YouTuber Allison Pregler has released a video sharing what she says are negatives for an alternate ending to the fifth season of Quantum Leap. How did she get her hands on such a historical item? Pregler bought a bunch of Quantum Leap negatives on eBay.

“When I was looking at the film strips to try and guess what episodes or scenes they were, it took me a second to really grasp what I had. I thought it really looked like that alternate ending I’d read before, but no one knew it was filmed so I couldn’t believe it,” Pregler told io9. “I’m still having trouble believing it.”…

(19) LOST AGAIN. Netflix reboot of Lost in Space premieres April 13.

The Robinson family, part of a highly trained mission to establish a new colony in space, is unexpectedly pulled off course forcing them to crash land on a lost planet.

 

(20) REPEL BUYERS! Tabletop Tribe is not kidding — “The Worst Board Game Box Art Ever”. Man, are these awful! Just look at #19 —

  1. Guildhall (2012?—?Alderac Entertainment Group)

“Meet the wife. I luv ‘er more than any pig, and that’s sayin’ summat.”

Indeed sir. For a pig farmer you appear to be punching way above your weight.

It’s not that the characters are badly rendered (although it does appear that it’s simply photo overpainting at work here), or the inconsistent lighting and flat boring background. It’s just a bizarre motley collection and a piglet with a nose four sizes too big.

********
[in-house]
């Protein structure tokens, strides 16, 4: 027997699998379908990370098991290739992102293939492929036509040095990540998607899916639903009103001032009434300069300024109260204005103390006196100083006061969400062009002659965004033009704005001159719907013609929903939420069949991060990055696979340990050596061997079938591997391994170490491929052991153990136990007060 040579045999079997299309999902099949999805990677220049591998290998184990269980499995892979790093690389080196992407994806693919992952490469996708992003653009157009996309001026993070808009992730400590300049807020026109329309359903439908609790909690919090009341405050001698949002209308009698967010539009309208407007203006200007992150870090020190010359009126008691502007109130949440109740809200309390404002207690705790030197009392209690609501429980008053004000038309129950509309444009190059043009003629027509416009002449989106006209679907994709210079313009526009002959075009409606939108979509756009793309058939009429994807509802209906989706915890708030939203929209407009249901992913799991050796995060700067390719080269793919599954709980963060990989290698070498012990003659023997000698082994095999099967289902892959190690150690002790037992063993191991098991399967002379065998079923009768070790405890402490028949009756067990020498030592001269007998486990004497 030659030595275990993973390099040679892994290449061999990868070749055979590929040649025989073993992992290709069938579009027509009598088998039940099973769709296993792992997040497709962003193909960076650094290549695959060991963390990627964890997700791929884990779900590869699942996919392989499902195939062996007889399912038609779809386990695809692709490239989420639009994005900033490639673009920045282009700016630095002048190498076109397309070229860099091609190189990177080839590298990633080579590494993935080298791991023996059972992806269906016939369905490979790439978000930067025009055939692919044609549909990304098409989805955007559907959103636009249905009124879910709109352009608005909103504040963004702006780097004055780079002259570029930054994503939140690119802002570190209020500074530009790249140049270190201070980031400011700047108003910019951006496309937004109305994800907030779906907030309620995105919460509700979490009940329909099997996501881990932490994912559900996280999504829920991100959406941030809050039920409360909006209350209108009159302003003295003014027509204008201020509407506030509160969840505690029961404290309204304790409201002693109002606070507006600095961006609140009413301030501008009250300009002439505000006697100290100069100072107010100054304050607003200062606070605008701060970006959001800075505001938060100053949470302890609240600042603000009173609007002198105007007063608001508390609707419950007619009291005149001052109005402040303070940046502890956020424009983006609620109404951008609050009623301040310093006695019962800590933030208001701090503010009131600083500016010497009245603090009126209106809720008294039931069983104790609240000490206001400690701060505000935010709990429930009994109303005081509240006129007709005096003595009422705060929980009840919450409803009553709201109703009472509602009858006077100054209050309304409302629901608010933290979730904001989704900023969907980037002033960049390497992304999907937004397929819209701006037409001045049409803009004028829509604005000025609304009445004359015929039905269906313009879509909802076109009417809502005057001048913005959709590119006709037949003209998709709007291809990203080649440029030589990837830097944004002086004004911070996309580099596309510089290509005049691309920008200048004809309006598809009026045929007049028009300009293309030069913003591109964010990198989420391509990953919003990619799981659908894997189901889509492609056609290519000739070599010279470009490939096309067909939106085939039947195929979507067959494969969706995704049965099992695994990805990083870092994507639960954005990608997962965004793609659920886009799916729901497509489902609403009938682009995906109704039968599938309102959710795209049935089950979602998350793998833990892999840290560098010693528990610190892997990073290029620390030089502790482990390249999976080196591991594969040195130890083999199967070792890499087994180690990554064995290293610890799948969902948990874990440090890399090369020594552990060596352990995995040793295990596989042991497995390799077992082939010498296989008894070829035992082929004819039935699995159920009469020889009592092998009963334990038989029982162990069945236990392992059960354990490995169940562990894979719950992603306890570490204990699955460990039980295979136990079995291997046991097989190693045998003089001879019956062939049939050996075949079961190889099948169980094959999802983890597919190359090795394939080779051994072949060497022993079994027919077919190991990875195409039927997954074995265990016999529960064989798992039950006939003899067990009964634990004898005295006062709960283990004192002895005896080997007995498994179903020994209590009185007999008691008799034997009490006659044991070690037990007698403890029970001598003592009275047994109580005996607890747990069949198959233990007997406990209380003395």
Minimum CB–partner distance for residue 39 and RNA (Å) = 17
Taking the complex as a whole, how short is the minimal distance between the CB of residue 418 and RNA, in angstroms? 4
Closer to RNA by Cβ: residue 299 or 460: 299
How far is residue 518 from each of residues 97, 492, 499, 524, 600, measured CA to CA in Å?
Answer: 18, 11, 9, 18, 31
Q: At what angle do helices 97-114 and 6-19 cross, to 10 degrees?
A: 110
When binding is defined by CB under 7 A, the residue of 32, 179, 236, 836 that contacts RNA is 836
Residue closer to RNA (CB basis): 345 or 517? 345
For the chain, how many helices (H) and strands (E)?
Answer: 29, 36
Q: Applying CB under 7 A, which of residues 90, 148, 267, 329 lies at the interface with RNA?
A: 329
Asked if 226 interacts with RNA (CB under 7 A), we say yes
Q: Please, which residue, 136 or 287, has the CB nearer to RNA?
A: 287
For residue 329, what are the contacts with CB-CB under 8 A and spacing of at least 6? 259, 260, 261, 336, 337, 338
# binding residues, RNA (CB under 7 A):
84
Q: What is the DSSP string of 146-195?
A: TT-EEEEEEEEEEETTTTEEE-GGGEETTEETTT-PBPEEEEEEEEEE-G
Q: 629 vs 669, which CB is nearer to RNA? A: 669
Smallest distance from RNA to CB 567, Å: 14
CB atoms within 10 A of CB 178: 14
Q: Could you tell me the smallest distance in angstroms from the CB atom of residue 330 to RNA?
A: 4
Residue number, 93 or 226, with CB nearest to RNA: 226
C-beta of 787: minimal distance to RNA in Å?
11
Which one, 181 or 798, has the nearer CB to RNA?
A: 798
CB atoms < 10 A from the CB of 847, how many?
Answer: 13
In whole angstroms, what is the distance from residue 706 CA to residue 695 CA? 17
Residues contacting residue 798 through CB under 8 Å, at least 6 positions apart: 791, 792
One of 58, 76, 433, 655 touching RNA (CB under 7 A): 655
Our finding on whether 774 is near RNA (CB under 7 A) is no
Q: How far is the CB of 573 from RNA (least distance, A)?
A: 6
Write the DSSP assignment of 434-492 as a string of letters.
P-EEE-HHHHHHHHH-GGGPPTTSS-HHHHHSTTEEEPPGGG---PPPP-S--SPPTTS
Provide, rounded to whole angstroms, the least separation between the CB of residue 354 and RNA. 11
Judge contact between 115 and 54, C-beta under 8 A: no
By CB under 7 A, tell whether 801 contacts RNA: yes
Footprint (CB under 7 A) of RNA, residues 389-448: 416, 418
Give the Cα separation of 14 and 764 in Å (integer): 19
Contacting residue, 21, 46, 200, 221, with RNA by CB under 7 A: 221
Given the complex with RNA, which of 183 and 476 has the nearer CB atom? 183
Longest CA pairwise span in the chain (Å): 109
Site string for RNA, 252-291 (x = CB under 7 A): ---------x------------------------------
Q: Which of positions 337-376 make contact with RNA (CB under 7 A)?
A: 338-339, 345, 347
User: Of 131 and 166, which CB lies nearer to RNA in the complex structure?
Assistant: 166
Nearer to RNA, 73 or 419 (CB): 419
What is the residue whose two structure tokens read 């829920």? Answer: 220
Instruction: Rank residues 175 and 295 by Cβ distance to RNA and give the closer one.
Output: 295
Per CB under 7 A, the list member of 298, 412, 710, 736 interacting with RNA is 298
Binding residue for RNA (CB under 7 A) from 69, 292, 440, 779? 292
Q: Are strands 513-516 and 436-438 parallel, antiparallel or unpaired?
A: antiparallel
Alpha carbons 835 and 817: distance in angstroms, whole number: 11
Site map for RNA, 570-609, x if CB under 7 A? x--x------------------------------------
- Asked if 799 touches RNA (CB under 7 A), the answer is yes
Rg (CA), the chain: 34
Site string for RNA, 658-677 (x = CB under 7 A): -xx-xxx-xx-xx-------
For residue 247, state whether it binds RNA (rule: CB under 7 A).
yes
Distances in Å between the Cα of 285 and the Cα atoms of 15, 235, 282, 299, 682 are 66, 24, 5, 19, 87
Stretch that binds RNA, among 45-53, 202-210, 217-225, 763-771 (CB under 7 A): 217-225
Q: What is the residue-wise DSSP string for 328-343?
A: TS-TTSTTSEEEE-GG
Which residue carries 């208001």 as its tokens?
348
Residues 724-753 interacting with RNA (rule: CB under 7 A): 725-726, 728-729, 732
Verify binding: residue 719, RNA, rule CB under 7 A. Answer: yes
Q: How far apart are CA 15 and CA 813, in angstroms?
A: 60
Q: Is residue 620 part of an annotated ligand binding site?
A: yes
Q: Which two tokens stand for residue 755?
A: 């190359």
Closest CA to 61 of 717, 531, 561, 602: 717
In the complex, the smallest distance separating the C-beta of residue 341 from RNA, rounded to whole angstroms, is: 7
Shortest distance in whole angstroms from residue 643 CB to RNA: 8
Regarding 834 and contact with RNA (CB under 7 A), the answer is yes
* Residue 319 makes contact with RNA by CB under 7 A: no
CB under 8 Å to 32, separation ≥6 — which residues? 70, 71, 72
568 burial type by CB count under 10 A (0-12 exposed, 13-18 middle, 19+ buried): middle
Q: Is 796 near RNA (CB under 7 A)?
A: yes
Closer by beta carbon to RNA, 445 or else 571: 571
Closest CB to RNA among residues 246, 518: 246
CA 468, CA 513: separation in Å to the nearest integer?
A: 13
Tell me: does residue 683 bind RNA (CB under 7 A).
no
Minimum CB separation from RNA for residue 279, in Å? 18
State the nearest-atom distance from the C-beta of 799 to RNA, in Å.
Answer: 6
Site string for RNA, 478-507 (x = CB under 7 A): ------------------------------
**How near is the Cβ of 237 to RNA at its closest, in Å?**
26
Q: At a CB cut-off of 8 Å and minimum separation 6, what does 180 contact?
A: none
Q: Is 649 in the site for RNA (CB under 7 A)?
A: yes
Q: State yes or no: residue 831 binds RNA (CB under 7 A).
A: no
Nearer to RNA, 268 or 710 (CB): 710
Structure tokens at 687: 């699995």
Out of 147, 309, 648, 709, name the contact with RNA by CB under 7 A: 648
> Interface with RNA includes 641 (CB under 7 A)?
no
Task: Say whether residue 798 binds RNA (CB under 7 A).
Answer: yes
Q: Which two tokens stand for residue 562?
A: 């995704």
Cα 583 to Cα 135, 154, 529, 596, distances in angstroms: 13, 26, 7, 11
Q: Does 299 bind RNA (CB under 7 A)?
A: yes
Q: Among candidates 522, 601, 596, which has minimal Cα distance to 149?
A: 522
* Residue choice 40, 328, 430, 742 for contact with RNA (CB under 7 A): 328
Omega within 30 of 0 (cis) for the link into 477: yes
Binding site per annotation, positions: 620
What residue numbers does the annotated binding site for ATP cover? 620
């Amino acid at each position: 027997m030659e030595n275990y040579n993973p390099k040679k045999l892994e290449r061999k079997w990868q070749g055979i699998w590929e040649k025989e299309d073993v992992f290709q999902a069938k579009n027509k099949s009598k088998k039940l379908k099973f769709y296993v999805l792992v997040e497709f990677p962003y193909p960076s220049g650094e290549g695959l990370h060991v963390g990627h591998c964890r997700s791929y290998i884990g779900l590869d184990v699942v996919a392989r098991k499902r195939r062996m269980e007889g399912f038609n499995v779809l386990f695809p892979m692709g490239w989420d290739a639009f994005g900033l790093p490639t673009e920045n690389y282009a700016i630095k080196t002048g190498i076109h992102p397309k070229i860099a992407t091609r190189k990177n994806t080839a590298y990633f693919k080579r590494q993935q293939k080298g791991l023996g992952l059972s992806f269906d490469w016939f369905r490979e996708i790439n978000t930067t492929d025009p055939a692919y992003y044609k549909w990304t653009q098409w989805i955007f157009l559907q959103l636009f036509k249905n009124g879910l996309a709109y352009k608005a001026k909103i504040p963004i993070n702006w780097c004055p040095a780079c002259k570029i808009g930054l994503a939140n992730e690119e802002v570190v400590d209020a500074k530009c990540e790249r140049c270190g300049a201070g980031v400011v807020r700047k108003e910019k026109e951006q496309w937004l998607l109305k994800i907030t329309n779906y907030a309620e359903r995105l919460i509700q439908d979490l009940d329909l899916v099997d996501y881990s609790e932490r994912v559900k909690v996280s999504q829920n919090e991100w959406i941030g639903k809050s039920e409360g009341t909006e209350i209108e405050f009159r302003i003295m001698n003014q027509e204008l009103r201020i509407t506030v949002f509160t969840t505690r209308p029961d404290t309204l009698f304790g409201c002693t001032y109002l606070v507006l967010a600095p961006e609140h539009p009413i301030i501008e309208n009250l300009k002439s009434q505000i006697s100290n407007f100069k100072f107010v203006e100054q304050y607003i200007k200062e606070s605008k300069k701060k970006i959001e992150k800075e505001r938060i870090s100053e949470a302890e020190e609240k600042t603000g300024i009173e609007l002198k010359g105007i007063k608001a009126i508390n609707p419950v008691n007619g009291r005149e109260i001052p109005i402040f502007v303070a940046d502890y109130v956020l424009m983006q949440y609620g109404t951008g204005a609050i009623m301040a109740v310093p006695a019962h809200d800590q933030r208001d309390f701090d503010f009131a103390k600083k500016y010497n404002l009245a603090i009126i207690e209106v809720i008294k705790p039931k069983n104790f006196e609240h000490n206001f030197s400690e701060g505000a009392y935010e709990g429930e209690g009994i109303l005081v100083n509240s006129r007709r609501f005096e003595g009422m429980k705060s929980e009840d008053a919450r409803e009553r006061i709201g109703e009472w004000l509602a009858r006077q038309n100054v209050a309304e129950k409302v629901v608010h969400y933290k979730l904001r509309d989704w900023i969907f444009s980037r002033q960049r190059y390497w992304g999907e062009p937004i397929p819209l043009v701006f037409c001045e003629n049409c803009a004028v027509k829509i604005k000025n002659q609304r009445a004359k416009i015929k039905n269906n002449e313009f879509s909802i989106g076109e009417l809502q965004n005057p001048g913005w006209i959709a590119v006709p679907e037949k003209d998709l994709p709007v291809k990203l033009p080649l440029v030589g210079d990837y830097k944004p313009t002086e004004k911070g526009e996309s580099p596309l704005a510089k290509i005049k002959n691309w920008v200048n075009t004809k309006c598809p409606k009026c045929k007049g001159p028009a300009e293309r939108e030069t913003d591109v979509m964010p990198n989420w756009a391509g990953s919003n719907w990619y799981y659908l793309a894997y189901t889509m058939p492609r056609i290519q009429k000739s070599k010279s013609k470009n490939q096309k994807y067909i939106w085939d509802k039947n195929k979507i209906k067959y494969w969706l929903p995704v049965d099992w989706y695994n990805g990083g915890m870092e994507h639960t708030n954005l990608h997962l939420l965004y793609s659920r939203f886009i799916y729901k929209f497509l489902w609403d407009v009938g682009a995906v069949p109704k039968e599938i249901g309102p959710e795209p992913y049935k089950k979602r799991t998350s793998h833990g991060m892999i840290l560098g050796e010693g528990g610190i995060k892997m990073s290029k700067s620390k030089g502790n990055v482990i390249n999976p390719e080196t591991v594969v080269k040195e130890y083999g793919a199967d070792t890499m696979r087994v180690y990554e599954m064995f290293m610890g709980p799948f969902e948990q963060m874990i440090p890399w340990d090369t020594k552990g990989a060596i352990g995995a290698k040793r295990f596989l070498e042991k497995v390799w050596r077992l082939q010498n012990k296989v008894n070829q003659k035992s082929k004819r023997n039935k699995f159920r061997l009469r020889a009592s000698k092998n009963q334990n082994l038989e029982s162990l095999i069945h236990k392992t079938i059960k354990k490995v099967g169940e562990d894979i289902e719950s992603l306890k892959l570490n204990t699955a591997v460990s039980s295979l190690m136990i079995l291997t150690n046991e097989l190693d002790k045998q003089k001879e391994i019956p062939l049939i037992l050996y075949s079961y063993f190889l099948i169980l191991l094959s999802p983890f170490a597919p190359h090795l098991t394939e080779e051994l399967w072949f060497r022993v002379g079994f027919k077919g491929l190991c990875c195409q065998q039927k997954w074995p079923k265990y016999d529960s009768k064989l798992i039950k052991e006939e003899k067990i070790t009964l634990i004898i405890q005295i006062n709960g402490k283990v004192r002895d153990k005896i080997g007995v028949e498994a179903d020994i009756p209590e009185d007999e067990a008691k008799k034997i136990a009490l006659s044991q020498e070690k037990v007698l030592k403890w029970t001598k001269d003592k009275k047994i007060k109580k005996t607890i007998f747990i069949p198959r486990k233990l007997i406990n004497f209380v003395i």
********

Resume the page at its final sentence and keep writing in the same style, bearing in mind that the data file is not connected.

[Thanks to Joel Zakem, JJ, Mix Mat, Cat Eldridge, Carl Slaughter, John King Tarpinian, ULTRAGOTHA, Chip Hitchcock, Martin Morse Wooster, Mark Hepworth, Patrick McGuire, Hampus Eckerman, Michael J. Walsh, and Andrew Porter for some of these stories. Title credit goes to File 770 contributing editor of the day Bruce Diamond.]

Pixel Scroll 12/12/17 If You Don’t Scroll Your Files, You Can’t Have Any Pudding!

(1) THE DOCTOR’S OLD BOSS HAS MORE TO SAY. In Part III of the Radio Times interview we learn “What are Steven Moffat’s Desert Island Doctor Whos – and why did Matt Smith ‘punch his pillow in frustration’?”

Apart from the Doctor, which character have you most enjoyed writing for?
Maybe River Song. She’s quite close to the Doctor, so is that a cheat? Partly because we never wore her out; she wasn’t there all that often. And of course Alex Kingston is awesome and beautiful. Also, I bloody loved writing Missy, and I’m conceited enough to think I did good job. And Michelle Gomez was the only casting decision I took entirely on my own – I just insisted it had to be her – and I’m incredibly proud of the result.

What was your happiest moment or experience on the programme?
Oh, there were a lot of those. I suppose in terms of a single moment the day after the 50th and realising that it had actually worked. The ratings and reviews were through the roof. Everybody everywhere was happy. That was one of the rare moments where I actually thought I know what I’m doing. It lasted about four seconds.
But it’s also the friendships that you make. I remember reading a review when the Weeping Angels two-parter came out [in 2010] and it referred to Matt Smith’s “amazing new Doctor”.